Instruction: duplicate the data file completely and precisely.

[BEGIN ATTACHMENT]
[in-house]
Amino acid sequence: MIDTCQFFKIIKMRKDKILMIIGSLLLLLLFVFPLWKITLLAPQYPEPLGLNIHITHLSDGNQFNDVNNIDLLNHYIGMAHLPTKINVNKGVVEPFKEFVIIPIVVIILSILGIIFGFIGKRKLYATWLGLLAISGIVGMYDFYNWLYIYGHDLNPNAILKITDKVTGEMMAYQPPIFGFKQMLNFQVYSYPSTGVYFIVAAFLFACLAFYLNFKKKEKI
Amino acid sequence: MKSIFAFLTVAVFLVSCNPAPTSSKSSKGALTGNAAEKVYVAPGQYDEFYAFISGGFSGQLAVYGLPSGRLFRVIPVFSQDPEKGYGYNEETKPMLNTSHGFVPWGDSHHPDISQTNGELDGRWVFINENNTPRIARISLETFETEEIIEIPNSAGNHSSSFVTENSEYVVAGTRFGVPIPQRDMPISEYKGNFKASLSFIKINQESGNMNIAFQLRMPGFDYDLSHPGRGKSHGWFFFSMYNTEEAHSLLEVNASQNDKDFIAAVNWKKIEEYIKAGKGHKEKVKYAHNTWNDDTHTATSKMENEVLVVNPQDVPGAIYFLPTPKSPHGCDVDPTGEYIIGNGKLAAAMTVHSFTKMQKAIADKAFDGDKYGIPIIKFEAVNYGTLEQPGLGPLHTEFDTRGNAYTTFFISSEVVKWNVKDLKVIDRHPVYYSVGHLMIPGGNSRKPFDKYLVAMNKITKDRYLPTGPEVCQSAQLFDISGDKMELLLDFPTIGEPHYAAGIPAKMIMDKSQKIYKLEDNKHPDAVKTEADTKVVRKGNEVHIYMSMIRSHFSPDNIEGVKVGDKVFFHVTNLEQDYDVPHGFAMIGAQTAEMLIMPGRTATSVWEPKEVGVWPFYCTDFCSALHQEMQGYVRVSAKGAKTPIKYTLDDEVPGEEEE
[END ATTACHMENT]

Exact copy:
[in-house]
Amino acid sequence: MIDTCQFFKIIKMRKDKILMIIGSLLLLLLFVFPLWKITLLAPQYPEPLGLNIHITHLSDGNQFNDVNNIDLLNHYIGMAHLPTKINVNKGVVEPFKEFVIIPIVVIILSILGIIFGFIGKRKLYATWLGLLAISGIVGMYDFYNWLYIYGHDLNPNAILKITDKVTGEMMAYQPPIFGFKQMLNFQVYSYPSTGVYFIVAAFLFACLAFYLNFKKKEKI
Amino acid sequence: MKSIFAFLTVAVFLVSCNPAPTSSKSSKGALTGNAAEKVYVAPGQYDEFYAFISGGFSGQLAVYGLPSGRLFRVIPVFSQDPEKGYGYNEETKPMLNTSHGFVPWGDSHHPDISQTNGELDGRWVFINENNTPRIARISLETFETEEIIEIPNSAGNHSSSFVTENSEYVVAGTRFGVPIPQRDMPISEYKGNFKASLSFIKINQESGNMNIAFQLRMPGFDYDLSHPGRGKSHGWFFFSMYNTEEAHSLLEVNASQNDKDFIAAVNWKKIEEYIKAGKGHKEKVKYAHNTWNDDTHTATSKMENEVLVVNPQDVPGAIYFLPTPKSPHGCDVDPTGEYIIGNGKLAAAMTVHSFTKMQKAIADKAFDGDKYGIPIIKFEAVNYGTLEQPGLGPLHTEFDTRGNAYTTFFISSEVVKWNVKDLKVIDRHPVYYSVGHLMIPGGNSRKPFDKYLVAMNKITKDRYLPTGPEVCQSAQLFDISGDKMELLLDFPTIGEPHYAAGIPAKMIMDKSQKIYKLEDNKHPDAVKTEADTKVVRKGNEVHIYMSMIRSHFSPDNIEGVKVGDKVFFHVTNLEQDYDVPHGFAMIGAQTAEMLIMPGRTATSVWEPKEVGVWPFYCTDFCSALHQEMQGYVRVSAKGAKTPIKYTLDDEVPGEEEE